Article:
Publications and Research

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In debates on the future of work, a common theme has been how work became
less secure through the denial of employee status. Though much of the attention
has focused on other industries, precarity has also affected those working in
higher education, including graduate student employees, contributing to what is
now called the “gig academy.” While universities have reassigned teaching and
research to graduate assistants, they have also refused to recognize them as
employees. Nevertheless, unionization has grown considerably since 2012, most
significantly at private institutions. Utilizing a unique dataset, this chapter
demonstrates that between 2012 and 2019, graduate student employees voted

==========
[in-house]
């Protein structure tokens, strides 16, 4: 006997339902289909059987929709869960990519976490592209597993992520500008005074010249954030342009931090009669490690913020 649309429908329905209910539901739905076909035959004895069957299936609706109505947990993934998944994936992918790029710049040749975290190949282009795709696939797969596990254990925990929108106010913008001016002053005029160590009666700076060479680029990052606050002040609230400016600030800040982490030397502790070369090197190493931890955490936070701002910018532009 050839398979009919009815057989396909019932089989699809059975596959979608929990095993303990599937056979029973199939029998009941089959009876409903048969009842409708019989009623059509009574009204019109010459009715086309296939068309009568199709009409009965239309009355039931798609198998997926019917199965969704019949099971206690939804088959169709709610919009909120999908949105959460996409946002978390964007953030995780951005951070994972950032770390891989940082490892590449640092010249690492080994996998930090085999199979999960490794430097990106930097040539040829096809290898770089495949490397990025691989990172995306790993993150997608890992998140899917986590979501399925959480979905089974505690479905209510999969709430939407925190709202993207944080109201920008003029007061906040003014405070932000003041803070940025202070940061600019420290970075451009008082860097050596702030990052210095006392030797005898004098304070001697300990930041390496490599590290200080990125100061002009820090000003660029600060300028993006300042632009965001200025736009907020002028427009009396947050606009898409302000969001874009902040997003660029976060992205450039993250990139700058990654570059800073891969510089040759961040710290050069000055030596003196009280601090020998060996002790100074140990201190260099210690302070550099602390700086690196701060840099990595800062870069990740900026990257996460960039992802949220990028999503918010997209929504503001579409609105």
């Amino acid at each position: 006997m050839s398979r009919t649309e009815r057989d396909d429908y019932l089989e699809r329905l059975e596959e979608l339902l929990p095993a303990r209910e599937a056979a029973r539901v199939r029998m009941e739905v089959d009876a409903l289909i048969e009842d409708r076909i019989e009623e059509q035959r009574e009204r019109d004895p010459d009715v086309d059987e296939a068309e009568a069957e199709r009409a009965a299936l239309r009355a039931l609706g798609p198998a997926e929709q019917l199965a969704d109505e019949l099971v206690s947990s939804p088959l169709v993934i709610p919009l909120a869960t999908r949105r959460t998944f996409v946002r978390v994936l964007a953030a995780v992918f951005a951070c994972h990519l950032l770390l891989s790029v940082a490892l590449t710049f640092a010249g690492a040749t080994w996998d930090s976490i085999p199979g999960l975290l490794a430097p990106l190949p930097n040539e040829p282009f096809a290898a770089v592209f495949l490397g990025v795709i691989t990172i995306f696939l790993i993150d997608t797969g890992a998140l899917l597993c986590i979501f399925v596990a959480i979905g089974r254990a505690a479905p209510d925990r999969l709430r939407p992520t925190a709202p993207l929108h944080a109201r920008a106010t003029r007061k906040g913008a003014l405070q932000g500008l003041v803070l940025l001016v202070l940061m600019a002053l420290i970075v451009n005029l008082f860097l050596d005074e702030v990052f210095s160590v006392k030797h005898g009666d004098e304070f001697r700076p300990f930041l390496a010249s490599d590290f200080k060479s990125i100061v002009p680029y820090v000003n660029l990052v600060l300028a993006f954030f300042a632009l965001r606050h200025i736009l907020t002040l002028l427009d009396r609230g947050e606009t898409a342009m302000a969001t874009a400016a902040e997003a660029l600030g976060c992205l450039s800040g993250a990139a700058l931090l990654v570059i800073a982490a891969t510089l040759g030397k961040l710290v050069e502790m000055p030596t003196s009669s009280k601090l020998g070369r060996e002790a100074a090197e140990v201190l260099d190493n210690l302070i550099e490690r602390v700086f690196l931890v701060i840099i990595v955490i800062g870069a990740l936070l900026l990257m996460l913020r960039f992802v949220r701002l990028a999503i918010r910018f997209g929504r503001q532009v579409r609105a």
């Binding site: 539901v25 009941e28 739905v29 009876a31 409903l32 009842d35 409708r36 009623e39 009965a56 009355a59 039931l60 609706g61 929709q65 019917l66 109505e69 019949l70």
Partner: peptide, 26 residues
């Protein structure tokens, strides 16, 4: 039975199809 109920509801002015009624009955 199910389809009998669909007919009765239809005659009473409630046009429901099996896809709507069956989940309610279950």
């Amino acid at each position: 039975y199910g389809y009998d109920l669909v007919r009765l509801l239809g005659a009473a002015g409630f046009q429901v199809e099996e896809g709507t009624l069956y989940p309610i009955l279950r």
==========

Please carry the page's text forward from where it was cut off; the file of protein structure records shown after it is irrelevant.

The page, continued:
overwhelmingly for representation. The chapter contextualizes this growth within
the history of their unionization movement. We argue that legal rights have been a
predominant factor, with graduate assistants confronting, and frequently
overcoming, their misclassification. Those experiences provide lessons for
workers in other industries facing similar obstacles.


Herbert, William A., and Joseph van der Naald. 2021. "Graduate Student Employee Unionization in the Second Gilded Age." Pp. 221-46 in Revaluing Work(ers): Toward a Democratic and Sustainable Future, edited by T. Schulze-Cleven and T Vachon. Champaign, IL: Labor and Employment Relations Association.



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